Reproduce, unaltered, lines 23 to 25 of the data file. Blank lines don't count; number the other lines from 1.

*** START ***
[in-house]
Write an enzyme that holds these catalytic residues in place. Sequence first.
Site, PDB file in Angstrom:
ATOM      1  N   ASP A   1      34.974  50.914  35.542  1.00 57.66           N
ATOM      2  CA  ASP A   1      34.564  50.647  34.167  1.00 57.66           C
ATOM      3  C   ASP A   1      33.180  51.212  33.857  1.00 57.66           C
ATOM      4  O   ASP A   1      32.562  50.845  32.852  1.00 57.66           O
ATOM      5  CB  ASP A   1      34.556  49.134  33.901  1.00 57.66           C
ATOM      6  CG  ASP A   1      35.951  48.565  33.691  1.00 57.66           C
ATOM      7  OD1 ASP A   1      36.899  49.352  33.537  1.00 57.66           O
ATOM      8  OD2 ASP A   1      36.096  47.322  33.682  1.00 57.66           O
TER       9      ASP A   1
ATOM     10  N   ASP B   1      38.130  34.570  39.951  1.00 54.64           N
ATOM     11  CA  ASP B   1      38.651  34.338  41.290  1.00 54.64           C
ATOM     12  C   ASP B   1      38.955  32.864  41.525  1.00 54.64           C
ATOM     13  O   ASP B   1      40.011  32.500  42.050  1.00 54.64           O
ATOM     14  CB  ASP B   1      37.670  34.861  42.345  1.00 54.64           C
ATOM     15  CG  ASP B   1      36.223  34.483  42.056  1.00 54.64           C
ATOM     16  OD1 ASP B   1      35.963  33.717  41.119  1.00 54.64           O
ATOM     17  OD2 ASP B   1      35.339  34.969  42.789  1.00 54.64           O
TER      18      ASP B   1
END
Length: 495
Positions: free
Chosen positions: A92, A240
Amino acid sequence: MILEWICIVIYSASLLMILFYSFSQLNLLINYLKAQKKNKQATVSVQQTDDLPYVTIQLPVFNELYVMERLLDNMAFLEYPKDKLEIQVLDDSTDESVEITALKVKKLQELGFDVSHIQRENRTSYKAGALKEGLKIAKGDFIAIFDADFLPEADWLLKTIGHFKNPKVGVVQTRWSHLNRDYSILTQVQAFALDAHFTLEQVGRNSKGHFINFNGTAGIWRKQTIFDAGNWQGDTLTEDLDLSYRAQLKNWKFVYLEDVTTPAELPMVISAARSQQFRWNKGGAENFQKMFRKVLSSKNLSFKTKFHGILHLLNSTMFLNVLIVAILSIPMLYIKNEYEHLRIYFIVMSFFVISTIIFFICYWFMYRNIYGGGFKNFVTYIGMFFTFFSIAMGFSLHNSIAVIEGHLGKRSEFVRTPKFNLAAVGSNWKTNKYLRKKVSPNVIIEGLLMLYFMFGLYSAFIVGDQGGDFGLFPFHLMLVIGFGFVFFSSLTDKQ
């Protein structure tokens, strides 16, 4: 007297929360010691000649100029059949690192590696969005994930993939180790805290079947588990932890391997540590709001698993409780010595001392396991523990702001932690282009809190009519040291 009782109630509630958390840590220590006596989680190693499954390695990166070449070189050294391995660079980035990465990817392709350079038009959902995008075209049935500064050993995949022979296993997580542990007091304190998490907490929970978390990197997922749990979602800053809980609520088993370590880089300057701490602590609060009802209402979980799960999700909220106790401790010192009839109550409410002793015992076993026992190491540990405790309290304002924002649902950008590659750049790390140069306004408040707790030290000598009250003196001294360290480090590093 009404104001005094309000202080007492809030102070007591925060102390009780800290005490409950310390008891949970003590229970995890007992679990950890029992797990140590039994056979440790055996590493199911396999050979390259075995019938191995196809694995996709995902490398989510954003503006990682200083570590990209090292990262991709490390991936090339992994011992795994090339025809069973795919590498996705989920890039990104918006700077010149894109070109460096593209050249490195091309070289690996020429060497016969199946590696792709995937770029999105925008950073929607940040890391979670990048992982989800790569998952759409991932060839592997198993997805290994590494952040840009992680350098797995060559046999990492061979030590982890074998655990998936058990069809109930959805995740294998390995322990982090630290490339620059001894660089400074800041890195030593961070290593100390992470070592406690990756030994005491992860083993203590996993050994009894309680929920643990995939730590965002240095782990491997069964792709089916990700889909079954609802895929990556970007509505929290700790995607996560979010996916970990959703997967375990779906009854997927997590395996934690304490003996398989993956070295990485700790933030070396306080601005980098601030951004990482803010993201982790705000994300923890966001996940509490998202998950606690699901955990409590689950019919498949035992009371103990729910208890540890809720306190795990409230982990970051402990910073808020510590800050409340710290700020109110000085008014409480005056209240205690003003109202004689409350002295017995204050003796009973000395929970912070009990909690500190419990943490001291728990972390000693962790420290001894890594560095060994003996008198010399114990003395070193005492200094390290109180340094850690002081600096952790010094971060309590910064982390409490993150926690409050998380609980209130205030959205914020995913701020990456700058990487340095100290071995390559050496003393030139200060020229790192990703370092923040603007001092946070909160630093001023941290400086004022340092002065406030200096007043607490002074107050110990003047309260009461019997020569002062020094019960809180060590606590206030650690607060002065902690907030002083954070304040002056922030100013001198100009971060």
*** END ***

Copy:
Length: 495
Positions: free
Chosen positions: A92, A240